An analytical framework for assessing the impact of internalities on policy and projects using examples from Papua New Guinea
The government failure paradigm is nowadays an integral part of modern policy analysis. Several taxonomic models of government failure have been advanced, perhaps most notably the theory of 'non-market' failure developed by Charles Wolf. This model identifies four main sources of socially
suboptimal policy outcomes consequent upon the failure of public agencies, including 'internalities'. Using examples drawn from the Australian foreign aid environment in Papua New Guinea, this paper develops a conceptual framework for incorporating positive and negative internalities into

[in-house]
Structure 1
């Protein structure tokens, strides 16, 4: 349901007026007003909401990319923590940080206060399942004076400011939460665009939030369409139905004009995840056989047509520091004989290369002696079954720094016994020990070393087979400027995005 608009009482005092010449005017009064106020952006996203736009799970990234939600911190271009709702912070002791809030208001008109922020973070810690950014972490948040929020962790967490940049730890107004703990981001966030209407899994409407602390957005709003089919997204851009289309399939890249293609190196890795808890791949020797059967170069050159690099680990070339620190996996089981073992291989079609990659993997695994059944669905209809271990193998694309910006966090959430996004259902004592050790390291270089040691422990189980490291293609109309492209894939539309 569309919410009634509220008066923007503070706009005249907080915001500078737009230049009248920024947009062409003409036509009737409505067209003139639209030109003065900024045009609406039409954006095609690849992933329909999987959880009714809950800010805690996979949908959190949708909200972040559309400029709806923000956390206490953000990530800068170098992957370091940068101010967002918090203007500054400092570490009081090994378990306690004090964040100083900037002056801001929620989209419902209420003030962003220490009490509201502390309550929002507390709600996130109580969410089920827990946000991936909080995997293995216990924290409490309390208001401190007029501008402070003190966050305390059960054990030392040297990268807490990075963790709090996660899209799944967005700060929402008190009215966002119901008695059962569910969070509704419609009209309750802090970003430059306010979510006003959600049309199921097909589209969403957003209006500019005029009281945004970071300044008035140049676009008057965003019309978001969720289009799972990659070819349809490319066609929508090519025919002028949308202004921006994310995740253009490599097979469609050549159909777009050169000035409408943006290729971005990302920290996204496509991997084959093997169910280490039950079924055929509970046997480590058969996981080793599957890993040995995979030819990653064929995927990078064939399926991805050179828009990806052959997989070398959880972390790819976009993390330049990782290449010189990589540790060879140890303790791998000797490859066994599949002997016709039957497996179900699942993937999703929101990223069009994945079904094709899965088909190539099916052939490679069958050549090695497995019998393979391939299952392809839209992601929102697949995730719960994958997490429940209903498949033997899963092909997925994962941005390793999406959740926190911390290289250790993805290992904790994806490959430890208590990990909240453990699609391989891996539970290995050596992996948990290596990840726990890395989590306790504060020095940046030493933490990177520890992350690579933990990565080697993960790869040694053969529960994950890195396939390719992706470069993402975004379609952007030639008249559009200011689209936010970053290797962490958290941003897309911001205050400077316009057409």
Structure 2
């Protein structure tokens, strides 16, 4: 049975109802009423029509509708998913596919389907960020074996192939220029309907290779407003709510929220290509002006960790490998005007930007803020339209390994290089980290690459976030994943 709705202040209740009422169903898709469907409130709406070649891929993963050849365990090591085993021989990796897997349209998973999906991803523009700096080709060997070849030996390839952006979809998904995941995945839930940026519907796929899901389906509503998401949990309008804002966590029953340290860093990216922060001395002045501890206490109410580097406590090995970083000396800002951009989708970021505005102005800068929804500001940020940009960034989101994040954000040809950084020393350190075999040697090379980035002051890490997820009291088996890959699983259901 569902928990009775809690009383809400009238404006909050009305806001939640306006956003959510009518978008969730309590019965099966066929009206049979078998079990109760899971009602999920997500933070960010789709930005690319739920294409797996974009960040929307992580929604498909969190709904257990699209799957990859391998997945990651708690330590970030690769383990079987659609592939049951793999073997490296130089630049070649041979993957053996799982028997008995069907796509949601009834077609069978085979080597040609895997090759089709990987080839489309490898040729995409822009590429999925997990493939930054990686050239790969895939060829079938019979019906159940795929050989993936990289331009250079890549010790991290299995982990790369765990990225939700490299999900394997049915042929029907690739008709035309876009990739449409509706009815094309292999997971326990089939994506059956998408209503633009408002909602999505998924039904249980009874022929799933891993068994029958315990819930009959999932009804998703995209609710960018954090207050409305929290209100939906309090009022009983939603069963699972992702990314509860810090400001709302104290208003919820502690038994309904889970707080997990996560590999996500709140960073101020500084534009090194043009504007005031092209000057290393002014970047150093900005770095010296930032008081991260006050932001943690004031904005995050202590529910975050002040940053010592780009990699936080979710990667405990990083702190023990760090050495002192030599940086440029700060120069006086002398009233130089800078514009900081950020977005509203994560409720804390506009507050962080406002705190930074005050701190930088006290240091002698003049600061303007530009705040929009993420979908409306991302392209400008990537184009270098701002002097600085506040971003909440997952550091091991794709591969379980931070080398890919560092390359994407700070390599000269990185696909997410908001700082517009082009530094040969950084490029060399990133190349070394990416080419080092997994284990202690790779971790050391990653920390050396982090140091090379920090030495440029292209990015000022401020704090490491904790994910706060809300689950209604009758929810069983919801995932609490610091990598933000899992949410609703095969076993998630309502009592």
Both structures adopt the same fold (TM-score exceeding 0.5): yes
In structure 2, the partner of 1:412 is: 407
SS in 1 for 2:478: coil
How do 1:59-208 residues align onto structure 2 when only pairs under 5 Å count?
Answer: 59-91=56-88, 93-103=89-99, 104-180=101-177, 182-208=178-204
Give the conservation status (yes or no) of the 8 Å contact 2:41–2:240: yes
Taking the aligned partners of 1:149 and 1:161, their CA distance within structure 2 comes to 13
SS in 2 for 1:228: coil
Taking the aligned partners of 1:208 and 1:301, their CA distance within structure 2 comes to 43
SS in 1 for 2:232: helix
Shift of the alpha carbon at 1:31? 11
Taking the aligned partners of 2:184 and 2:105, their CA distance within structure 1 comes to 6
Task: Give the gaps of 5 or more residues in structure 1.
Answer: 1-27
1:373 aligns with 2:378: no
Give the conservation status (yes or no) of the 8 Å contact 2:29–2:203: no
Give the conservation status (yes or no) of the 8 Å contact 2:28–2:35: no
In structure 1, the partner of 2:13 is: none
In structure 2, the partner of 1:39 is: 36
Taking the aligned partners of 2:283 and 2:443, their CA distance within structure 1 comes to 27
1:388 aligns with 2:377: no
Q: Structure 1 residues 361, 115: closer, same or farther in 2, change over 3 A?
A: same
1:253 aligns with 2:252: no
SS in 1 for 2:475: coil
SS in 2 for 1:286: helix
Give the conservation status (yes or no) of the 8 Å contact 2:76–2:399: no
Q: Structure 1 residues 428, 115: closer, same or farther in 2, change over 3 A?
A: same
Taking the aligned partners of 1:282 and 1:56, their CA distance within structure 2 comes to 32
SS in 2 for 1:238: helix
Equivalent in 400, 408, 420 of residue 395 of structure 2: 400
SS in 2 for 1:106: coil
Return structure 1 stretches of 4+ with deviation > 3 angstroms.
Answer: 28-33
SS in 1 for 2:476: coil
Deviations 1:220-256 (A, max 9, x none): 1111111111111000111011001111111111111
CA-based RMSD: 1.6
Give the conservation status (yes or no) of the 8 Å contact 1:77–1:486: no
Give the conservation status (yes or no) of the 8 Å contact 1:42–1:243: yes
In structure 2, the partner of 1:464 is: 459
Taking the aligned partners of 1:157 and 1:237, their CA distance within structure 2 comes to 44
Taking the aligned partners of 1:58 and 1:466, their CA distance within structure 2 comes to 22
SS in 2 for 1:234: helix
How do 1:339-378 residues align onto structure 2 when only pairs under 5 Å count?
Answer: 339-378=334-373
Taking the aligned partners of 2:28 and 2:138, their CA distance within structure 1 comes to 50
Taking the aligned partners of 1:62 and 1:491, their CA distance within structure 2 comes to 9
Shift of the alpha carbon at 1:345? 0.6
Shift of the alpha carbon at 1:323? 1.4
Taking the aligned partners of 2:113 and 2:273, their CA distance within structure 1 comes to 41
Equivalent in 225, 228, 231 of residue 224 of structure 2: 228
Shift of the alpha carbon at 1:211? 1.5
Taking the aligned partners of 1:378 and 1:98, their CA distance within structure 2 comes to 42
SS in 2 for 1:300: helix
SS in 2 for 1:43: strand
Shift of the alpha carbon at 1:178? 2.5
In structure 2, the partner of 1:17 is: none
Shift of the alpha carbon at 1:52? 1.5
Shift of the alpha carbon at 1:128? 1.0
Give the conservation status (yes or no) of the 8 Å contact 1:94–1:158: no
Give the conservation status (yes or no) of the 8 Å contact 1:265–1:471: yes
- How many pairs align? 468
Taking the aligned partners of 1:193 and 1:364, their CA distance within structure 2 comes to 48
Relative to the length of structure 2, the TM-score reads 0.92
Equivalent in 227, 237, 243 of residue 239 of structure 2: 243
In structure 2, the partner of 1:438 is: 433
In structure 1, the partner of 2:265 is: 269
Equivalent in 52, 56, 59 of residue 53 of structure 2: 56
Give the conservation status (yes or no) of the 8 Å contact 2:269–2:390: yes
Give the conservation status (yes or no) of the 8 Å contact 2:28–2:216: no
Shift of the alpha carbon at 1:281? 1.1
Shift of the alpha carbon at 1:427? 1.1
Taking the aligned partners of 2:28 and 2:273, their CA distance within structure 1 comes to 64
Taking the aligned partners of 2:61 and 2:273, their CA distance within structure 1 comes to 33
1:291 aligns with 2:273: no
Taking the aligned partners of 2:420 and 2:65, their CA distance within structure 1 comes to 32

the analysis of the impact of aid on development projects, programs and policies. It is argued inter alia that previous work has neglected the significance of these internalities.